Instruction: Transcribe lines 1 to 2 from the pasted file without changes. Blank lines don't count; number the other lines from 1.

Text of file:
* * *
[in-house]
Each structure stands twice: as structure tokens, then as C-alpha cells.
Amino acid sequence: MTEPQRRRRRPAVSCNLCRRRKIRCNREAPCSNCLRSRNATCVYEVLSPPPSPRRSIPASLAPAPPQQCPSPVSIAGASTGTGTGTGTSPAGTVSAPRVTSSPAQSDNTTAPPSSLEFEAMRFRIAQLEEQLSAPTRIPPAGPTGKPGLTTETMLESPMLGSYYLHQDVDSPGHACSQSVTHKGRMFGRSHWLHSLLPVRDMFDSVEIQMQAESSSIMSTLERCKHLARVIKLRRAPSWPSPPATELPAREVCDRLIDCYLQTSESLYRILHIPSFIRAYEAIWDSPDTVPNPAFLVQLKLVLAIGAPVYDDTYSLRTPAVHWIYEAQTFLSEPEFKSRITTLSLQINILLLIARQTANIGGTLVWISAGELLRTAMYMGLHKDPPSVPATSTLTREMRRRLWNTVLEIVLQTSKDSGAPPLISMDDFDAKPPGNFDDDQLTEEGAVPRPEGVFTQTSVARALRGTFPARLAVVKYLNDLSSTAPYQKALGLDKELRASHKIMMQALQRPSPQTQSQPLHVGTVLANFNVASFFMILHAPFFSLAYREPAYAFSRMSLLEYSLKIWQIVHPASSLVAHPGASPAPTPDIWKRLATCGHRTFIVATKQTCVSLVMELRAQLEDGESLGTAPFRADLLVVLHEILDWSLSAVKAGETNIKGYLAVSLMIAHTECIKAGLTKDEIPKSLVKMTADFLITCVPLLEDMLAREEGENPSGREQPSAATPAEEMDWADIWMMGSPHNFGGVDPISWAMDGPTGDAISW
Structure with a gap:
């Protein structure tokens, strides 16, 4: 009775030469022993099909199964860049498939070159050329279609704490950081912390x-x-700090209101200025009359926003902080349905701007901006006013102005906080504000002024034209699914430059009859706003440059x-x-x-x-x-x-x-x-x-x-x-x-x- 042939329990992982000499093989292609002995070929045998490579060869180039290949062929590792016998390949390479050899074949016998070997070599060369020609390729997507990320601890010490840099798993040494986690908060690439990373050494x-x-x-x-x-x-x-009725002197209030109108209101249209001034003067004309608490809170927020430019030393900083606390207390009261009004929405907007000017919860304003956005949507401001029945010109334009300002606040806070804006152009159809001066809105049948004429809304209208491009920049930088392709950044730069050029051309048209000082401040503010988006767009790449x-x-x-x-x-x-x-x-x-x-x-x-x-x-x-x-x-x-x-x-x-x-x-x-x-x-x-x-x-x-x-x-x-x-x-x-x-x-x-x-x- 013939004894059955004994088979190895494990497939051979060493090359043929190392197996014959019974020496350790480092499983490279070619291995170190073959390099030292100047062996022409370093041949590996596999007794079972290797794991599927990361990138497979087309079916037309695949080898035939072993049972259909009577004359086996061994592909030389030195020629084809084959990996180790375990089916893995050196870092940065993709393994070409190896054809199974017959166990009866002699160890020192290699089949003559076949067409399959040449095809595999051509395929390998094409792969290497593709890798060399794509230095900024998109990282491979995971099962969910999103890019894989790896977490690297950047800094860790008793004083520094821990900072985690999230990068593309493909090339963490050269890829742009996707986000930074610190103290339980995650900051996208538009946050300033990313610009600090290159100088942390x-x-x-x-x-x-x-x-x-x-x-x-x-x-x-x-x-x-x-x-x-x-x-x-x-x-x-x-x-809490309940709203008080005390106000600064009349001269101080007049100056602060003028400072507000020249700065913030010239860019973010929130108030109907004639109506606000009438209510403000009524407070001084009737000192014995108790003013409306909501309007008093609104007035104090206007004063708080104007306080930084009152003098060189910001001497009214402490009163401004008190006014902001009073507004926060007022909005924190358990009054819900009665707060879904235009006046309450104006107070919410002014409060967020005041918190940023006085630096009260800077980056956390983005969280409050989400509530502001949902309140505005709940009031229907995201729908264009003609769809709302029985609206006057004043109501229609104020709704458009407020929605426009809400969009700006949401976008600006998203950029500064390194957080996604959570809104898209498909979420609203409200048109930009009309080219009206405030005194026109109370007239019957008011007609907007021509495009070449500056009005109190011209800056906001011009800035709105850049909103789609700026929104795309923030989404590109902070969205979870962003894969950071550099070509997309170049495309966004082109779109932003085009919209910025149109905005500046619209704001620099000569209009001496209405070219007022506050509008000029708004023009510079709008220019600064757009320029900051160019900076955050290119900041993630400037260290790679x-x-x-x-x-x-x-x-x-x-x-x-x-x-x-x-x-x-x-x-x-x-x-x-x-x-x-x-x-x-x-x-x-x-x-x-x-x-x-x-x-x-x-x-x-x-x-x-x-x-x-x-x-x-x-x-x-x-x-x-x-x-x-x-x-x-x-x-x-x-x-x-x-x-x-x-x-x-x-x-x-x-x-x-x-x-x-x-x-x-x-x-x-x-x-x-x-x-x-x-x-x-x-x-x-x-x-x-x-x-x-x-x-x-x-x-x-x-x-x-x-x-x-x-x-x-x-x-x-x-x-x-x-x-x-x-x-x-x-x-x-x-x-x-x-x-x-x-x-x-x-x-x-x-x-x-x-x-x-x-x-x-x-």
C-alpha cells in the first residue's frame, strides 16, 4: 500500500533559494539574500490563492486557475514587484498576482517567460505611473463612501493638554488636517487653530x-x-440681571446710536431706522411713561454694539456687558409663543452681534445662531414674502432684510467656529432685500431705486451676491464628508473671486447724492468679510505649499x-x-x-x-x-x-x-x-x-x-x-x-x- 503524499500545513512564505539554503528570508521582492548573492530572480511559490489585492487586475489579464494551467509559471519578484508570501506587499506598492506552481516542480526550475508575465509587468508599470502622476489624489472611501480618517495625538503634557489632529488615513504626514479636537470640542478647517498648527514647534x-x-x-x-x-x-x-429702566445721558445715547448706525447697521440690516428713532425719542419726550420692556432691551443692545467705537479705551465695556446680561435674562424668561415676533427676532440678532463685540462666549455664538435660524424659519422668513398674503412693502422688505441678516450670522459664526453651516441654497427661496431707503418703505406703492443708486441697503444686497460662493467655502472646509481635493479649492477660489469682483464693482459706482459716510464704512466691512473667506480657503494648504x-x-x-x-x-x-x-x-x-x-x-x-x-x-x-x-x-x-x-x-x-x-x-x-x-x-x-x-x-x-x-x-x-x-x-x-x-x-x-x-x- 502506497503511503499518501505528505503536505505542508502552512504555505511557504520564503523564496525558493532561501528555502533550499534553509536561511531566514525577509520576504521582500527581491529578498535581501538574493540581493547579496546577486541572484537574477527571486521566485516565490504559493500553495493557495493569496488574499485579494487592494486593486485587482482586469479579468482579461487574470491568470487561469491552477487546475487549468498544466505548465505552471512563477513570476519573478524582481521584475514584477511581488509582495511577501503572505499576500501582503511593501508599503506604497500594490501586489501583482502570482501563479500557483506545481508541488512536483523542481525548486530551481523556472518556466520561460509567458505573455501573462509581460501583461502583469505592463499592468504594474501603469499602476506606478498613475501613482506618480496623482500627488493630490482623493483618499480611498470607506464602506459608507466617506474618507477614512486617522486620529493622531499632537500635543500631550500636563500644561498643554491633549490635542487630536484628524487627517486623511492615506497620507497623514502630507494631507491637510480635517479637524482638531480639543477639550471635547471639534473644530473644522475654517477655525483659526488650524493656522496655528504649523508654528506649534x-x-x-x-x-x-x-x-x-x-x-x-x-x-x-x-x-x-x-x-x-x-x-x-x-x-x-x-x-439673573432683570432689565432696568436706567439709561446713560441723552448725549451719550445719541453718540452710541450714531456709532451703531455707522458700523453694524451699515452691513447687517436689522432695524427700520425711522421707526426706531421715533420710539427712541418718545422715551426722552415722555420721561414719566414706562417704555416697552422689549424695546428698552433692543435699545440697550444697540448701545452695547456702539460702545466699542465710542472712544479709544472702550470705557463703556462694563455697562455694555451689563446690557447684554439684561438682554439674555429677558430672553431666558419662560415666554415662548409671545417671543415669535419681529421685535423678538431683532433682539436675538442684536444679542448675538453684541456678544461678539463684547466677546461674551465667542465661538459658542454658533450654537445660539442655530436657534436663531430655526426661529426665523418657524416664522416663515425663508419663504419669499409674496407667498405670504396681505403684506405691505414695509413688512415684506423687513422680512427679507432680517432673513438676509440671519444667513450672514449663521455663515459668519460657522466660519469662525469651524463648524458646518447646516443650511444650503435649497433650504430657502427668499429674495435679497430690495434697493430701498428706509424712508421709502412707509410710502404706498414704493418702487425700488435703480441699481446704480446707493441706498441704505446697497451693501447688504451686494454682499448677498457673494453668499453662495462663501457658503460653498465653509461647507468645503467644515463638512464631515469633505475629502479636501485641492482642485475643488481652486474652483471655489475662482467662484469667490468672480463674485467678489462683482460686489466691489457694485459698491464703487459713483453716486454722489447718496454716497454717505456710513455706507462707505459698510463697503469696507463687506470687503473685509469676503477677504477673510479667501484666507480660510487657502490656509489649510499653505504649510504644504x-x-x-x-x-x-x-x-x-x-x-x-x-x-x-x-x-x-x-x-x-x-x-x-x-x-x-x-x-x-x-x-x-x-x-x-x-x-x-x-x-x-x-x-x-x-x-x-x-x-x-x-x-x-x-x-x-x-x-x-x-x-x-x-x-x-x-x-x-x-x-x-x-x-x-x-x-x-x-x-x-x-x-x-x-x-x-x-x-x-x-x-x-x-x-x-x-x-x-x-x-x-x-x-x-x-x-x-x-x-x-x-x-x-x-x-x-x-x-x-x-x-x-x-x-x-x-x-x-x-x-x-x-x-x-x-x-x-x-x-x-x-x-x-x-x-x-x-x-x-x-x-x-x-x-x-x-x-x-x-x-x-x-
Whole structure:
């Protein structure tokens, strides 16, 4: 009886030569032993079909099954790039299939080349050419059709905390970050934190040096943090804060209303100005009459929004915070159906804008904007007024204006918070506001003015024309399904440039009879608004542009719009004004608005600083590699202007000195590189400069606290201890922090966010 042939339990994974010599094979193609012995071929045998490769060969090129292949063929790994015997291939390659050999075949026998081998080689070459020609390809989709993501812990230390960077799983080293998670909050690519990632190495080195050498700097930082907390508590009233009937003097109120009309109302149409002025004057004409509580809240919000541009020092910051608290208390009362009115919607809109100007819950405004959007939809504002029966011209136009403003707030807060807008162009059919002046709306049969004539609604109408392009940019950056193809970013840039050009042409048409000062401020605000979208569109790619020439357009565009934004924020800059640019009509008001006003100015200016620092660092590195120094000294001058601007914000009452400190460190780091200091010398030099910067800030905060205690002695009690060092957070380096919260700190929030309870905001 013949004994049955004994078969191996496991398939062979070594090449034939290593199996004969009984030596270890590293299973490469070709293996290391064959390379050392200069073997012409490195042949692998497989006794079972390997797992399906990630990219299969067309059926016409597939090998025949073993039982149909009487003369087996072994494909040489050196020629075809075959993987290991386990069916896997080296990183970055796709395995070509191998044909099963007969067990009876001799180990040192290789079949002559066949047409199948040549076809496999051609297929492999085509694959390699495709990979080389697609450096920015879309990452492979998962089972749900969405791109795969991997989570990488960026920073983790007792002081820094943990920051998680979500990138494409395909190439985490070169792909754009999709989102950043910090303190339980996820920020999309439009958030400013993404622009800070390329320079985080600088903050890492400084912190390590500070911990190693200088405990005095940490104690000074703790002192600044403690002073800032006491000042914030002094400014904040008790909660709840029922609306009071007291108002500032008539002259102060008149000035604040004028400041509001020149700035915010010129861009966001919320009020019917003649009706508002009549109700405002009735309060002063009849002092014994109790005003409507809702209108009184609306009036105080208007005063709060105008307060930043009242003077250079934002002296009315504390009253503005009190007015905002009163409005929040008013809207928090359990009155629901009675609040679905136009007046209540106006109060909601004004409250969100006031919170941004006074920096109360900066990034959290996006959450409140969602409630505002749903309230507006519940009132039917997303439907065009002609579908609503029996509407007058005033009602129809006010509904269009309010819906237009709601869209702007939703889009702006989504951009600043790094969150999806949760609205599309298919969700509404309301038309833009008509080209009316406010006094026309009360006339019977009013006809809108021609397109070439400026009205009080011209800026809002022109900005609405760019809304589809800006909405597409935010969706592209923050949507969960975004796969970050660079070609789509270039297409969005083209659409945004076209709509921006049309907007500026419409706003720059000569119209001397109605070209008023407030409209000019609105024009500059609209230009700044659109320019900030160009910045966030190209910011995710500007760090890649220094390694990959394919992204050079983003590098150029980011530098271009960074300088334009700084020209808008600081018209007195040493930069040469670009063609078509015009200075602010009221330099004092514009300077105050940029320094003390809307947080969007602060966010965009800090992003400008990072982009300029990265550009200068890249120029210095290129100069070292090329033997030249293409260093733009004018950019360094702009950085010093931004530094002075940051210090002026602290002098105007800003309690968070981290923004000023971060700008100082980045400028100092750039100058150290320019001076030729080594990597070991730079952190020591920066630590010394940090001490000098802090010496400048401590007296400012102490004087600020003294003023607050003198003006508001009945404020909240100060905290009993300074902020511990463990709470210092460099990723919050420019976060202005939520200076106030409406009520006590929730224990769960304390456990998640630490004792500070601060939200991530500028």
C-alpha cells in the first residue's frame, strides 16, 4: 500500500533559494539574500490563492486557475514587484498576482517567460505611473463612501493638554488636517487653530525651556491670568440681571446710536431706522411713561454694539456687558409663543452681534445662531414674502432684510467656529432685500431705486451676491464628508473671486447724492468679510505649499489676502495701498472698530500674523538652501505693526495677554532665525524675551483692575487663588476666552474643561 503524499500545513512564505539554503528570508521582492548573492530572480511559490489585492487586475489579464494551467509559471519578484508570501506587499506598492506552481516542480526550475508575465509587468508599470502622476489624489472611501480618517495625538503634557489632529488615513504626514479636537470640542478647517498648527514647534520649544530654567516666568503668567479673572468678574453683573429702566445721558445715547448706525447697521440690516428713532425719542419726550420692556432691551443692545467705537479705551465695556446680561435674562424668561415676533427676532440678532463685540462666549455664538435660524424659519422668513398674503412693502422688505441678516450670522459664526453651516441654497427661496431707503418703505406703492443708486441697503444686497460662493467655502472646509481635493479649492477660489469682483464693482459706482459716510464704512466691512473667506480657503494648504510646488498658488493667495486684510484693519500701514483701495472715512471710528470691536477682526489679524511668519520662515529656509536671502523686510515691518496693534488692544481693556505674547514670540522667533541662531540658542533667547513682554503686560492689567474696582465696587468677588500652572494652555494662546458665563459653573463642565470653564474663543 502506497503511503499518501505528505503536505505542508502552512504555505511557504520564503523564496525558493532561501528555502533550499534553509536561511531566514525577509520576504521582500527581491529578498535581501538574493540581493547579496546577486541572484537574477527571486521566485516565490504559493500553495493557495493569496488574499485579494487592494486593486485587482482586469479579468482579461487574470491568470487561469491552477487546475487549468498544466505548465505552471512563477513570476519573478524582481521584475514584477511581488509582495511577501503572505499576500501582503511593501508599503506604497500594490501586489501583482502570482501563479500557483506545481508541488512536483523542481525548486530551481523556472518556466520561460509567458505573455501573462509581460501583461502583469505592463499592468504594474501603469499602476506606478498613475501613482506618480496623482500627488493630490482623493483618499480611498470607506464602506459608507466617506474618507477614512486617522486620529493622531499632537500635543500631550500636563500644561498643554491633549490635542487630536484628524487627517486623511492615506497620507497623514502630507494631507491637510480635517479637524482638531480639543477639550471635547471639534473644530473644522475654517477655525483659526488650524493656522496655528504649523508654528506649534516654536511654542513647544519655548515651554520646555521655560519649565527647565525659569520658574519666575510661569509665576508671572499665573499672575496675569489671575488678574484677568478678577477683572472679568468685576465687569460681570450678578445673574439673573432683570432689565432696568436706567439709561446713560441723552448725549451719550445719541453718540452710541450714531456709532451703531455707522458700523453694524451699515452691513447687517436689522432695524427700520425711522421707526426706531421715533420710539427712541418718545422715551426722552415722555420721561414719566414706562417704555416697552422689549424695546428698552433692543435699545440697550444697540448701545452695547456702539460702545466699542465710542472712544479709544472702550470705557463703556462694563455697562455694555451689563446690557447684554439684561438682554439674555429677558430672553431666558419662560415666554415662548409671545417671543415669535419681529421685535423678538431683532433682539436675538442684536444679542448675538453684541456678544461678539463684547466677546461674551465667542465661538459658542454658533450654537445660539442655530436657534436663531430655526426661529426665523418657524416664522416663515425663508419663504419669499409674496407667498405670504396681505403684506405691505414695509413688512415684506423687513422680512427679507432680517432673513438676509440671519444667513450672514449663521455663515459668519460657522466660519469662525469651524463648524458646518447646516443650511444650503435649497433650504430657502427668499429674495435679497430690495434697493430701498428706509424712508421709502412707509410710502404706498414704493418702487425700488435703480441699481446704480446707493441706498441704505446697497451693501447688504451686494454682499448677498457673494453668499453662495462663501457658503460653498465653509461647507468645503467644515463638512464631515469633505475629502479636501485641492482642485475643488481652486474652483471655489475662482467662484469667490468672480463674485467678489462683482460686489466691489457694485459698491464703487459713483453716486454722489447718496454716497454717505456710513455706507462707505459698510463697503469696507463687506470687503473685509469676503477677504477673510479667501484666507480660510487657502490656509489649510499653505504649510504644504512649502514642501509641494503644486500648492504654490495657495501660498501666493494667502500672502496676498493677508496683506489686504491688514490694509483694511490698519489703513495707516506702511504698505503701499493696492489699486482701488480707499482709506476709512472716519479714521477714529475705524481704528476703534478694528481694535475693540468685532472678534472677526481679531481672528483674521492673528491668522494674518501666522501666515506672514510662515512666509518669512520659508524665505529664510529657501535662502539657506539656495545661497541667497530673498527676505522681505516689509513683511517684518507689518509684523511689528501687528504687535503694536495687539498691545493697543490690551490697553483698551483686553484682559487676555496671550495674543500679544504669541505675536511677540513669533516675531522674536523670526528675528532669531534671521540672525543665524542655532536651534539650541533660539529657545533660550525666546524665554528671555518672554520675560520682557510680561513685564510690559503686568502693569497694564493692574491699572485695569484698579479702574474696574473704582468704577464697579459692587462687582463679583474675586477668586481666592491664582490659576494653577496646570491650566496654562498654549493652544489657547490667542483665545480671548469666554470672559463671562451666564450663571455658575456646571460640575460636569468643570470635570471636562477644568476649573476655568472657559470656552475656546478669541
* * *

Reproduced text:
[in-house]
Each structure stands twice: as structure tokens, then as C-alpha cells.